PPI continues to rise
The producer price index (PPI) went up by 2.9 per cent from November to December. This was the fifth month in a row with an increase and stems from rising prices on crude oil and natural gas during the period. The PPI is now at its highest level since the drop in the oil price during the fall of 2014.
The prices of crude oil and natural gas collectively rose for the fifth month in a row and were thus the main reason for why the PPI did the same. The price of crude oil has for the most part been trending upward since the summer. The upward trend is composed of many things, but an improvement in global demand might be an important factor. On the OPEC-meeting in late November it was reported that through 2017 the demand for oil had exceeded OPEC’s initial projections. Still, it was decided to extend the cuts in the oil production among member countries. For Norway, a decreasing exchange rate on its currency, the Norwegian Krone (NOK), has further strengthened the increase in the oil price when measured in NOK.
The PPI total has not been on a higher level since September 2014, when the oil price started to drop. During the last twelve months, from December 2016 to December 2017, the PPI rose as well. The prices of crude oil and natural gas went up by about 13 per cent in that stretch and were thus the main contributor for the rise. In addition, several important manufacturing industries went up during that time:
• Refined petroleum products: 30.4 per cent.
• Basic metals: 19.5 per cent.
• Basic chemicals: 10.5 per cent.
Figure 1. Price indices. 2012=100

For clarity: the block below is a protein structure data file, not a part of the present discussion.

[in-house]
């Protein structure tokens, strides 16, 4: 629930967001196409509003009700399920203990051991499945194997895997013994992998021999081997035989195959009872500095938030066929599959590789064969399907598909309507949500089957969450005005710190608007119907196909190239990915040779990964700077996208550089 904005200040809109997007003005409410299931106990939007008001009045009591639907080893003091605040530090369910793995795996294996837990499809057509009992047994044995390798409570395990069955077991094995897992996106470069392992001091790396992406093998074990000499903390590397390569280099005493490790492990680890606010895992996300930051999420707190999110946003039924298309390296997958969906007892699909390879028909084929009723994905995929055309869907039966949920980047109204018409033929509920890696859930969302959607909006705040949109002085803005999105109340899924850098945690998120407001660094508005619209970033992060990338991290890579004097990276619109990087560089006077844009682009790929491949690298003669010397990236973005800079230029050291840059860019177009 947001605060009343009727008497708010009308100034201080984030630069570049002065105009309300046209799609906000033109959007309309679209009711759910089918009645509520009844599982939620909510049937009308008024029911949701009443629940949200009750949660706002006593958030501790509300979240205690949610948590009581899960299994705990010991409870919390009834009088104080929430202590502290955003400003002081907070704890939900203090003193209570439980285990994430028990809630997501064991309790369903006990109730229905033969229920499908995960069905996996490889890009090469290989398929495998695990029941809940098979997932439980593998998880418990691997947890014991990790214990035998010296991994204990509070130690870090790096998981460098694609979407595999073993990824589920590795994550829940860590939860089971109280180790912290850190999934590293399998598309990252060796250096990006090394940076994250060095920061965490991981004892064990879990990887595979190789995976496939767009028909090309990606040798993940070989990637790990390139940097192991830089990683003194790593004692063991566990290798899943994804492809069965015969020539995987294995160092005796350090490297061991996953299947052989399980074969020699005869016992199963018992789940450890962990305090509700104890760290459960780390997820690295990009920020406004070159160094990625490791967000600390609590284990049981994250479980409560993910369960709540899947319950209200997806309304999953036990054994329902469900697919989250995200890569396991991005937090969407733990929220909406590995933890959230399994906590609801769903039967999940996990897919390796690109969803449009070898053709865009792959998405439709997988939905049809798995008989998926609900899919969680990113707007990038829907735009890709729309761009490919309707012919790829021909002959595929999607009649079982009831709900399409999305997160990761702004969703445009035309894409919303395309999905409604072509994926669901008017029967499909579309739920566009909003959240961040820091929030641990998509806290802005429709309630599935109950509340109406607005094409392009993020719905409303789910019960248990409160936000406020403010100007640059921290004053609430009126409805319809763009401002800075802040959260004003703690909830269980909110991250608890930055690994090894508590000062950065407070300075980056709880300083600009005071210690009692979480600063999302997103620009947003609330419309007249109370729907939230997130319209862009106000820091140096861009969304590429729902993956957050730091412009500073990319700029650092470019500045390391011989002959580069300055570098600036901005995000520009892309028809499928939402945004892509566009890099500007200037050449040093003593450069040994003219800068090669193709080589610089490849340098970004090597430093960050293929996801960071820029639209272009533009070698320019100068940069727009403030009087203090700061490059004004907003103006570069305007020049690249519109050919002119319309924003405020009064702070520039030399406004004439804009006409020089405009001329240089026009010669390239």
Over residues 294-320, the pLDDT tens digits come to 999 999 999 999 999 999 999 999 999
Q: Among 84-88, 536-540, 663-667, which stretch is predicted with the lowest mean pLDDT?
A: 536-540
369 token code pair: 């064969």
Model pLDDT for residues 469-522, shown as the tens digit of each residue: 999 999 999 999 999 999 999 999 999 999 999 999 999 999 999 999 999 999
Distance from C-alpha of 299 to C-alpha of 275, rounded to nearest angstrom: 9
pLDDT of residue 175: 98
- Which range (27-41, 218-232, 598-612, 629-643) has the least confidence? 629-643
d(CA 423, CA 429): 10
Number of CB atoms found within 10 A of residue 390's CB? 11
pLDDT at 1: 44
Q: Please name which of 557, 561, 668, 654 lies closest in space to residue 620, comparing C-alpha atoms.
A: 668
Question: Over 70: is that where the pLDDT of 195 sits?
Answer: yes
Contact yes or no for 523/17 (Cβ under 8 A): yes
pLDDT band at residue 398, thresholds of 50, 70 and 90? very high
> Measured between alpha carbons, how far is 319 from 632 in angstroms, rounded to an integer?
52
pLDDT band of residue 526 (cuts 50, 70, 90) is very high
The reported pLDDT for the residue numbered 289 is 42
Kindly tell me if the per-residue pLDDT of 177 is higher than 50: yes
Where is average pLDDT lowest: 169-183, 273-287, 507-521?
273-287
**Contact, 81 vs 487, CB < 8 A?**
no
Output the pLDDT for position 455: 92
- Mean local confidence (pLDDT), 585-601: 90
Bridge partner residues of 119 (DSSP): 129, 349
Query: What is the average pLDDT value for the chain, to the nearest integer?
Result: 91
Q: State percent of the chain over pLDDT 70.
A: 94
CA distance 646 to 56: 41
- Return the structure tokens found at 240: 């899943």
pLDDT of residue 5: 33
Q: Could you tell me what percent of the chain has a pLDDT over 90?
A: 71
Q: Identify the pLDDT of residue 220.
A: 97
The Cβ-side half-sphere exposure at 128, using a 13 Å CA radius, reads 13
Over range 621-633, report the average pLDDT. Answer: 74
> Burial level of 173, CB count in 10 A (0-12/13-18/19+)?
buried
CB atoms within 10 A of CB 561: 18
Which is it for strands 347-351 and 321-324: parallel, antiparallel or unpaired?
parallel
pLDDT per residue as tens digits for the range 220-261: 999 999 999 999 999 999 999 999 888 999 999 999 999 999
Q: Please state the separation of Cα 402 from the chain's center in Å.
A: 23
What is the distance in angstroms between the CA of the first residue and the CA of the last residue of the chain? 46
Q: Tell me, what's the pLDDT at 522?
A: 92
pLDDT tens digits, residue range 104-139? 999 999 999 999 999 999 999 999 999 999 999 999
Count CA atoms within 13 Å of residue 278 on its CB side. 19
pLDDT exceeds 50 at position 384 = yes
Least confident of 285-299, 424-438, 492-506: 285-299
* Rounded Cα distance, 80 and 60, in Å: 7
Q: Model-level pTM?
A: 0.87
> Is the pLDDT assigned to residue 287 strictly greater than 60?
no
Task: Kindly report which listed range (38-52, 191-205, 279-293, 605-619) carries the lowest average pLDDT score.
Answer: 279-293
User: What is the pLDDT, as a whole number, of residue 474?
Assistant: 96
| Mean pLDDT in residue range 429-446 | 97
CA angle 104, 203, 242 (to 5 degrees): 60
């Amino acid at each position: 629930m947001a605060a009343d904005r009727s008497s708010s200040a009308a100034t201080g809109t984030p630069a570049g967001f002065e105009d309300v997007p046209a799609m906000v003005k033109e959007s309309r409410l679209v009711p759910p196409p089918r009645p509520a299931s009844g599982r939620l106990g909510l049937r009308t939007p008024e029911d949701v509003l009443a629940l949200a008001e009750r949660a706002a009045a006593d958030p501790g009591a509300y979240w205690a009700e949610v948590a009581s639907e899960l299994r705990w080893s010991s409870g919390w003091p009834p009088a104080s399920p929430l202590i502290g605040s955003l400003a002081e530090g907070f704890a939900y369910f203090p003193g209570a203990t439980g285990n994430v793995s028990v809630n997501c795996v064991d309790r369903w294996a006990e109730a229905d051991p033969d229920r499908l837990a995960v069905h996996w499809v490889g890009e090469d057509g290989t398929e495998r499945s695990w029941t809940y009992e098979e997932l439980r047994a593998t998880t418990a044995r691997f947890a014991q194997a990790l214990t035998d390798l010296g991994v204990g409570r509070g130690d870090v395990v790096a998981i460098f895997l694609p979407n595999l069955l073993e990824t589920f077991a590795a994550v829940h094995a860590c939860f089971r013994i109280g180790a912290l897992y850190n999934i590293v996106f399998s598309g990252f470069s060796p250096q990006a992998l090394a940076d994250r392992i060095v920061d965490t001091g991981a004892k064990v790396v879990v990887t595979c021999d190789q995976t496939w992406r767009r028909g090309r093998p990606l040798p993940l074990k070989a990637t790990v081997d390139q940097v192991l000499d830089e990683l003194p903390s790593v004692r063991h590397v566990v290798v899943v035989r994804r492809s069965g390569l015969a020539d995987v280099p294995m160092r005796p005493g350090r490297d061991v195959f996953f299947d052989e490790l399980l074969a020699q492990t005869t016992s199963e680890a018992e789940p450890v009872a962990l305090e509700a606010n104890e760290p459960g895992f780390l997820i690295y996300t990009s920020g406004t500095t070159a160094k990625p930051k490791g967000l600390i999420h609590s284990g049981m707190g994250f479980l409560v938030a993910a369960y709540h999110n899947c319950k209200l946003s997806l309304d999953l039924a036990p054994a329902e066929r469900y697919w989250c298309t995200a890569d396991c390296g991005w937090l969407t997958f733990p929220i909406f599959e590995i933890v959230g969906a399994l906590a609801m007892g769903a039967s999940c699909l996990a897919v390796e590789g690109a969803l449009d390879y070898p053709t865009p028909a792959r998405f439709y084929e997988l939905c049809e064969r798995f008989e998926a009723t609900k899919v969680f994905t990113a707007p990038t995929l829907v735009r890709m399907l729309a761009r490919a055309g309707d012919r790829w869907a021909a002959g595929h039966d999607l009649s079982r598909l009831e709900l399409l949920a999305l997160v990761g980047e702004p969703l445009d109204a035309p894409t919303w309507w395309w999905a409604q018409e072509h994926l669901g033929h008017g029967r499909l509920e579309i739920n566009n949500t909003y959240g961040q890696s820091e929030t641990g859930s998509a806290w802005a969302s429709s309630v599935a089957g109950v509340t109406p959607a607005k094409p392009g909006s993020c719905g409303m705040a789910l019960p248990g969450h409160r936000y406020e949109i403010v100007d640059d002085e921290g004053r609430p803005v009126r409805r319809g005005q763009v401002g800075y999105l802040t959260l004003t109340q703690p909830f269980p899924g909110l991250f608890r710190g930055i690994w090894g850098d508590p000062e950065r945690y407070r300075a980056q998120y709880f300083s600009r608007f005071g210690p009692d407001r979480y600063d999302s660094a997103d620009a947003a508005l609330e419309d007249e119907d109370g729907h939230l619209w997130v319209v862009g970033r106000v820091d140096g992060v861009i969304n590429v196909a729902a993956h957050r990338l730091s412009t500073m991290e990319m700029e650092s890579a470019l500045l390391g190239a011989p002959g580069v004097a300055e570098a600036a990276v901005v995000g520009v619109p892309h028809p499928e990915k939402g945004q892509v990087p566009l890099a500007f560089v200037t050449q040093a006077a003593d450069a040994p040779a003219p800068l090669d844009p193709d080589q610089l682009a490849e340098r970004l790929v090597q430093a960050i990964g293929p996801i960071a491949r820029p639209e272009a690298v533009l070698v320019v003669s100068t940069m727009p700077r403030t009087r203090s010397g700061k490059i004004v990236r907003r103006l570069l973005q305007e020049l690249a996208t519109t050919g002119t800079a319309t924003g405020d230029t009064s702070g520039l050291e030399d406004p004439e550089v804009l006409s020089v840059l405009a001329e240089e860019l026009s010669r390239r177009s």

|Extraction of oil and natural gas||PPI total|
Increase in the manufacturing industry
The prices within the manufacturing industry as a whole went up by 1.6 per cent from November to December and it was the fourth month in a row with an increase. The rise during that period was mainly driven by higher prices on refined petroleum products which again is a result of the rising oil price. If refined petroleum products are excluded, the increase was moderate.
The price index for the manufacturing industry as a whole has never been higher, also when refined petroleum products are excluded. It has mainly been the export side of the manufacturing industry that has pulled up the index. Higher prices on basic metals, which are important export commodities for Norway, have contributed significantly. Also, the export prices have been lifted additionally by a decreasing NOK against many important currencies during the last couple of months.
Figure 2. Price indices. 2014=100
|Manufacturing total||Manufacturing excluding refined petroleum|